AbstractMany painted objects within ethnographic collections suffer from paint loss. In the past,assumptions have been made that this phenomenon was caused by a low binder concentration,although binder presence had not been investigated,confirmed or it's type identified. Simple laboratory methods which can detect the presence of binders on a painted object are outlined. They are based on tests developed for the medical industry and modified by the author for routine use in conservation. Methods presented outline procedures to identify three broad chemical groups of binders used in the manufacture of traditional Australian Aboriginal painted objects : 1. lipids (fats and/or oils) using Sudan Black B Bromination test and the Sigma GCI Triglyceride test; 2. proteins (egg and blood) using Sulphosalicylic Acid test,Sigma GCI Protein test and the GCI Heme test; 3. carbohydrates (honey and orchid juice) using the Sigma GCI Glucose test. Close comparison was found between the reported binders used on certain object types and those identified. Literature findings based on anthropological information on binders and pigments are summarised. They indicated that fat or oil binders have higher binder concentrations than originally expected. Rapid lipid binder deterioration has lead to their present matte appearance. Compared to protein and carbohydrate binders,used as a paint vehicle or facilitator and/or for symbolic representation (blood),where used on a range of ceremonial objects with no long term expectancy and therefore no requirement to adhere or bind the pigment. The concept of "effective" binder concentration as opposed to low binder concentration is discussed. Implications of these findings of binder presence are discussed and considerations for preservation and conservation treatments,which involve consolidation are outlined.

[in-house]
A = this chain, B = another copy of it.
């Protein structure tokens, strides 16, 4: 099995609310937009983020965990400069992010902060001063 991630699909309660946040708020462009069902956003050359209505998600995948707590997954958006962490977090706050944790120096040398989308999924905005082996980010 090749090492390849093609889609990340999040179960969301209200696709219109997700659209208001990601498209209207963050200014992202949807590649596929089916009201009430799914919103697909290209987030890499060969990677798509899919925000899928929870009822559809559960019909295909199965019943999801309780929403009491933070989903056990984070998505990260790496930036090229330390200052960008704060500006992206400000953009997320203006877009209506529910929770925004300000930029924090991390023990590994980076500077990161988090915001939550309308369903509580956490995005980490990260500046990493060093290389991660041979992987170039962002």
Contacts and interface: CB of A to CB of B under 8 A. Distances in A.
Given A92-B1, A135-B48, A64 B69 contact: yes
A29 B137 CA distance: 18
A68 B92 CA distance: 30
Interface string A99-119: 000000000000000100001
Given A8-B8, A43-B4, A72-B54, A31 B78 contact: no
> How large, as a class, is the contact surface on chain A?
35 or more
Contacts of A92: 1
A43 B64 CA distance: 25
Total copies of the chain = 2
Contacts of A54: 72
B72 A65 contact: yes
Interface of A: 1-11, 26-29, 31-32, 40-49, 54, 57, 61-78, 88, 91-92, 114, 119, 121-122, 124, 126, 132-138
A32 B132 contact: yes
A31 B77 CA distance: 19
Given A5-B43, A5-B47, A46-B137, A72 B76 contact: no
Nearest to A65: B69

|Date of Award||1 Jan 1996|
The identification of traditional binders used on Australian Aboriginal painted objects prior to 1970
Gatenby, S. L. (Author). 1 Jan 1996
Student thesis: Master's Thesis